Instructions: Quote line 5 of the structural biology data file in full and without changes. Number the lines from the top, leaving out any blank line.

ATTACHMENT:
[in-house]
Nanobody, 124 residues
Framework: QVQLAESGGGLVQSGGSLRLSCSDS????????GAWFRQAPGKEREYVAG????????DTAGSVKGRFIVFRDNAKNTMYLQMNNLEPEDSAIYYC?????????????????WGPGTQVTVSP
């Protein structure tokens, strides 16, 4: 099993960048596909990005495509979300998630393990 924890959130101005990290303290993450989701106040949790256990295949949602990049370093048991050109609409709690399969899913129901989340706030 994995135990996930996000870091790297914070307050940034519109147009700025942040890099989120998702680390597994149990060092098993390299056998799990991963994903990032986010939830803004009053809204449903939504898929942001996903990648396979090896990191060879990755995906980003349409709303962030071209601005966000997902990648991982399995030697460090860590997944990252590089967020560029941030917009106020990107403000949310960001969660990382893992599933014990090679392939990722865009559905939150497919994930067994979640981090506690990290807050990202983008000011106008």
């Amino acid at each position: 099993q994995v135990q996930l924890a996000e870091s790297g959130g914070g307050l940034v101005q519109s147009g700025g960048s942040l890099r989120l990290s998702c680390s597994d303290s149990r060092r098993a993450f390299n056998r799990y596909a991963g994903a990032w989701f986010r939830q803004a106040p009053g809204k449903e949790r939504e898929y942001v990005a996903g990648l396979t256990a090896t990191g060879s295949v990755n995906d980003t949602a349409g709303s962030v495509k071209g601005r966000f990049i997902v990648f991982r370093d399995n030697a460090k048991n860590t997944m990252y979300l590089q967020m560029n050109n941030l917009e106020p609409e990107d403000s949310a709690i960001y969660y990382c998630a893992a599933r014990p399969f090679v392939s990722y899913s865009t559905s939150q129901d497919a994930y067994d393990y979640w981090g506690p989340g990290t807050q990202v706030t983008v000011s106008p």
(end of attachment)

């Amino acid at each position: 099993q994995v135990q996930l924890a996000e870091s790297g959130g914070g307050l940034v101005q519109s147009g700025g960048s942040l890099r989120l990290s998702c680390s597994d303290s149990r060092r098993a993450f390299n056998r799990y596909a991963g994903a990032w989701f986010r939830q803004a106040p009053g809204k449903e949790r939504e898929y942001v990005a996903g990648l396979t256990a090896t990191g060879s295949v990755n995906d980003t949602a349409g709303s962030v495509k071209g601005r966000f990049i997902v990648f991982r370093d399995n030697a460090k048991n860590t997944m990252y979300l590089q967020m560029n050109n941030l917009e106020p609409e990107d403000s949310a709690i960001y969660y990382c998630a893992a599933r014990p399969f090679v392939s990722y899913s865009t559905s939150q129901d497919a994930y067994d393990y979640w981090g506690p989340g990290t807050q990202v706030t983008v000011s106008p």